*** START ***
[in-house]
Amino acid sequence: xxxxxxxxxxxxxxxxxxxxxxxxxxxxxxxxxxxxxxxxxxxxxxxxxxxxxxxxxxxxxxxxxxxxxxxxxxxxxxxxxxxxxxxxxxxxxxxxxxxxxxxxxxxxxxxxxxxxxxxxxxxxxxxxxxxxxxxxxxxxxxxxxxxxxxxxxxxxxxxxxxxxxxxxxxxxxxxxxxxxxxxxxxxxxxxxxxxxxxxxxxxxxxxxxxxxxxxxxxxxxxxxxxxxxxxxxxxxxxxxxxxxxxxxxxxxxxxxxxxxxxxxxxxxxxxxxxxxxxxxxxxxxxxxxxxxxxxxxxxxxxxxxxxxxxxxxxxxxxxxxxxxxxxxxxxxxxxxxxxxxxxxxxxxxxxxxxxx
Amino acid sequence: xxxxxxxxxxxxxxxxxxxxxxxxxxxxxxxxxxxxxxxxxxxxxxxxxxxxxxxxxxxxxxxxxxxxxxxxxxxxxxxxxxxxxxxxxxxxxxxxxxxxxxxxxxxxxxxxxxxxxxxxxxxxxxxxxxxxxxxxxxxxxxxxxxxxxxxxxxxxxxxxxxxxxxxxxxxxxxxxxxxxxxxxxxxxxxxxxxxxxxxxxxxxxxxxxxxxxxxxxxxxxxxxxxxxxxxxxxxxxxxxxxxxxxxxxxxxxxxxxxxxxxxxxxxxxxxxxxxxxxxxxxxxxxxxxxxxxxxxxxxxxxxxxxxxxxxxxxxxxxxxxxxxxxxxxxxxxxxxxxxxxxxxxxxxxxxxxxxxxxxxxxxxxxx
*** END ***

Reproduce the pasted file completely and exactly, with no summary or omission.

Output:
[in-house]
Amino acid sequence: xxxxxxxxxxxxxxxxxxxxxxxxxxxxxxxxxxxxxxxxxxxxxxxxxxxxxxxxxxxxxxxxxxxxxxxxxxxxxxxxxxxxxxxxxxxxxxxxxxxxxxxxxxxxxxxxxxxxxxxxxxxxxxxxxxxxxxxxxxxxxxxxxxxxxxxxxxxxxxxxxxxxxxxxxxxxxxxxxxxxxxxxxxxxxxxxxxxxxxxxxxxxxxxxxxxxxxxxxxxxxxxxxxxxxxxxxxxxxxxxxxxxxxxxxxxxxxxxxxxxxxxxxxxxxxxxxxxxxxxxxxxxxxxxxxxxxxxxxxxxxxxxxxxxxxxxxxxxxxxxxxxxxxxxxxxxxxxxxxxxxxxxxxxxxxxxxxxx
Amino acid sequence: xxxxxxxxxxxxxxxxxxxxxxxxxxxxxxxxxxxxxxxxxxxxxxxxxxxxxxxxxxxxxxxxxxxxxxxxxxxxxxxxxxxxxxxxxxxxxxxxxxxxxxxxxxxxxxxxxxxxxxxxxxxxxxxxxxxxxxxxxxxxxxxxxxxxxxxxxxxxxxxxxxxxxxxxxxxxxxxxxxxxxxxxxxxxxxxxxxxxxxxxxxxxxxxxxxxxxxxxxxxxxxxxxxxxxxxxxxxxxxxxxxxxxxxxxxxxxxxxxxxxxxxxxxxxxxxxxxxxxxxxxxxxxxxxxxxxxxxxxxxxxxxxxxxxxxxxxxxxxxxxxxxxxxxxxxxxxxxxxxxxxxxxxxxxxxxxxxxxxxxxxxxxxxx